Regardless of what you go through, regardless how long you go through it, or how much it pummels you with pain, Jesus Christ is greater than all of it. And if you believe that truth, no matter what else is going on within you, He can and will make a way to bring His victory through it. All of it.

God has continued to show me this as He has pulled me through. He is calling me to be more honest. More authentic. To be real. Enough to show the truth of who He is.

I was so busy trying to be so strong for our students, this ministry and anyone I've known, that I've pushed aside real strength which comes from trusting Him. It is only by this truth that I am where I am now. 

Paul wrote in 2 Corinthians 12: "9But He said to me, “My grace is sufficient for you, for My power is perfected in weakness.” Therefore I will boast all the more gladly in my weaknesses, so that the power of Christ may rest on me. 10That is why, for the sake of Christ, I delight in weaknesses, in insults, in hardships, in persecutions, in difficulties. For when I am weak, then I am strong."

I feel that being more open in my weaknesses will only show the power of God even more.

Many of our students believed that same thing the night I shared.

I watched as they all split up into small groups and opened up with one another about their struggles. Many tears rolled. Laughs were shared. Hugs were given as they prayed for one another. God showed Himself through their brokenness. Since that night, He has continued to show Himself through them more than they might realize.


So God used this summer to grow our ministry.

And He definitely used it to grow me as a man and leader. 

Dauntless brought me to be honest and real with myself and others. To not simply hide what I'm going through. And to use that to show others who Christ is.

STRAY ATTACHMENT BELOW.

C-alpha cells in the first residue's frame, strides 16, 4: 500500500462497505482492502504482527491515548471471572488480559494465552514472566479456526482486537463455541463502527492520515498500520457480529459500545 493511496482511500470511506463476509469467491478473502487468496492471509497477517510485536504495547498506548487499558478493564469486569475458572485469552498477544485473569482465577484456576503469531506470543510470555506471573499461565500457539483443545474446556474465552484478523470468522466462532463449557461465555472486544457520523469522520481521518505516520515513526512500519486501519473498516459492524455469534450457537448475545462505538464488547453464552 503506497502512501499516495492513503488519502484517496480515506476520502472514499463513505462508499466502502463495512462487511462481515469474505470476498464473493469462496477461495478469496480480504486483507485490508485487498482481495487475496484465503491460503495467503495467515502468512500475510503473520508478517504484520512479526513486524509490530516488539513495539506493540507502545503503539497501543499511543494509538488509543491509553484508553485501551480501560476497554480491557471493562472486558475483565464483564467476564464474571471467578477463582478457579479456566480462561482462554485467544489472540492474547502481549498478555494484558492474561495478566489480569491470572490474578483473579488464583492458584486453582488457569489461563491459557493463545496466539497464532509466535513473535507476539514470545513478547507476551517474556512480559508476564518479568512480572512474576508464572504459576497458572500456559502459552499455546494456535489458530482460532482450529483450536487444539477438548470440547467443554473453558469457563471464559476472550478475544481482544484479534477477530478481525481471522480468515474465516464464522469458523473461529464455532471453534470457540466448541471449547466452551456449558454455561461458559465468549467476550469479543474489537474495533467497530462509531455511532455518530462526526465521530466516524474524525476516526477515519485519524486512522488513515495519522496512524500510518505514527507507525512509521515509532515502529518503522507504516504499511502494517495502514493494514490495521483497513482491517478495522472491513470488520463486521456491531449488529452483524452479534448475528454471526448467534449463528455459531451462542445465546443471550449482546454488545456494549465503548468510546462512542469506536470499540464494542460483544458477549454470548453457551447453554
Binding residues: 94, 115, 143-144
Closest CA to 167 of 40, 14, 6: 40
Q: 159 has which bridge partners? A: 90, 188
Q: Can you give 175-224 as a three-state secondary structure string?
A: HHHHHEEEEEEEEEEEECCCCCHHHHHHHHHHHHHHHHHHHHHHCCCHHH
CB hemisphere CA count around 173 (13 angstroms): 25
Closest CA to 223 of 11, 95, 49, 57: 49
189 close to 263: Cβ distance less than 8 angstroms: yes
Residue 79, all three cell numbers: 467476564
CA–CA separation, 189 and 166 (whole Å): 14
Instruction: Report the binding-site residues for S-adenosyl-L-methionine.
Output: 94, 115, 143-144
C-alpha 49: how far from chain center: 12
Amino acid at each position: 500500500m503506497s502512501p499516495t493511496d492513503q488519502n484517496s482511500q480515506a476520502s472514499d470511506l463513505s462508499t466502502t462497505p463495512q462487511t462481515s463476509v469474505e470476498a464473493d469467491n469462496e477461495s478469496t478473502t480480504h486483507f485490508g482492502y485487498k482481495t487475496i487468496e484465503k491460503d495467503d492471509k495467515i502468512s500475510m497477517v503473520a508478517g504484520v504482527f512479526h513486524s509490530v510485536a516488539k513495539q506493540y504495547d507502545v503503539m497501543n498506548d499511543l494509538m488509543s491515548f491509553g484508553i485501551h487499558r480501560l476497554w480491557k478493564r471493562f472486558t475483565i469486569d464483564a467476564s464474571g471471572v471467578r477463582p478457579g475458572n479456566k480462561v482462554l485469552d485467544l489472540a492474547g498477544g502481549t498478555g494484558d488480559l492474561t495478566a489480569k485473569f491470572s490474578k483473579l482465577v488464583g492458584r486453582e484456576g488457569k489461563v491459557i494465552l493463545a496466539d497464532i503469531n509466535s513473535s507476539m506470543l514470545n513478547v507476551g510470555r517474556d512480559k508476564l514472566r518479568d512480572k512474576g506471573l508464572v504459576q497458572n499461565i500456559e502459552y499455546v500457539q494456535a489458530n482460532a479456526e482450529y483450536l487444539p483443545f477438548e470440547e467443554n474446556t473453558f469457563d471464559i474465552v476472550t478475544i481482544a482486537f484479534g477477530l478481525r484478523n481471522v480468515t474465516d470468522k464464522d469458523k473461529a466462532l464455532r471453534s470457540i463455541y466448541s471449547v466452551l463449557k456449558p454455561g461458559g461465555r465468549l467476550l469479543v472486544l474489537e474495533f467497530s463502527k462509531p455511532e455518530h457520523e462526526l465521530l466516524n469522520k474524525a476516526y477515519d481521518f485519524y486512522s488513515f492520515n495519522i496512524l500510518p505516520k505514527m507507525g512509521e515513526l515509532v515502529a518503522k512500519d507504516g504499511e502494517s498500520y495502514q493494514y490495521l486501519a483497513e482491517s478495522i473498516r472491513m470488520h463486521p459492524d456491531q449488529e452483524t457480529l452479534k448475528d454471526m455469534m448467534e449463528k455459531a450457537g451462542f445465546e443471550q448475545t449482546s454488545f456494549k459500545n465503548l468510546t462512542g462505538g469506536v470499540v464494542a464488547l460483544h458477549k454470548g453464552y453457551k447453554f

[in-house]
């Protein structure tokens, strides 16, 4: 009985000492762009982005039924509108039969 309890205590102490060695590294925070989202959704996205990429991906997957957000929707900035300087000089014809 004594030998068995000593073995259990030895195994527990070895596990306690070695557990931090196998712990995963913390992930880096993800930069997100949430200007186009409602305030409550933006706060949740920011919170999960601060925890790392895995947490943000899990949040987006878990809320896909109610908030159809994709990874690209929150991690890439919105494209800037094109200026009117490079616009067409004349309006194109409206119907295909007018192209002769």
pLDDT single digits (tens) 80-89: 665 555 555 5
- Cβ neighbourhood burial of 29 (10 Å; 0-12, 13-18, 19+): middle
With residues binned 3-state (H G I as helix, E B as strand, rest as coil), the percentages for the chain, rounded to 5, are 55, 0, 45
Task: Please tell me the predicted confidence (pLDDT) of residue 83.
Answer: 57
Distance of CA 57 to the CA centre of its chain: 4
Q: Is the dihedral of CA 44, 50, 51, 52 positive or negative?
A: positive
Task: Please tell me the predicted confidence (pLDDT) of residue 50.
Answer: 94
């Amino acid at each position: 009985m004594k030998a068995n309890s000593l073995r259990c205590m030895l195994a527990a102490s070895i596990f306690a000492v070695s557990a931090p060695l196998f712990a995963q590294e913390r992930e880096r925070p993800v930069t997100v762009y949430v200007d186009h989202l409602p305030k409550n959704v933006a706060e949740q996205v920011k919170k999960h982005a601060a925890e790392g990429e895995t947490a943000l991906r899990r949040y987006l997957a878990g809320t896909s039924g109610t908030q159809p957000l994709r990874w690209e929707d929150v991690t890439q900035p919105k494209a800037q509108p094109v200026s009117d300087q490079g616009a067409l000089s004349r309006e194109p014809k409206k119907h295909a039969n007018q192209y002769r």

Choir Tour showed me a new way to force what's going on within me, such as my homesickness and depression, to come out of me. To write not just songs, but to write poetically and lyrically. And let that flow as music of light to combat the darkness within (which I'll share even more about next week).

Sifat showed me that even with the struggles of who I am, and what I'm dealing with, God can still use me and all of us to make a real positive change locally AND globally for His people.

So through being honest about my inner struggles (from learned Dauntless), through writing in a musical manner so that it sings to my soul and others (learned from Choir Tour) and through being active in a world that desperately yearns for action (learned from Sifat), I will continue to put my trust into the King of Goodness, Christ Jesus.

My life will be different. My writing will be different. My faith will be different.

My words will change. My heart will be open. My choices will be prayerful.

And as long as God is here, I am ready. Ready to face all of it. Ready to silence the depression that silenced me for far too long.

I'm ready to be Dauntless.


Thank you Lord for this summer.


Marshall ColemanComment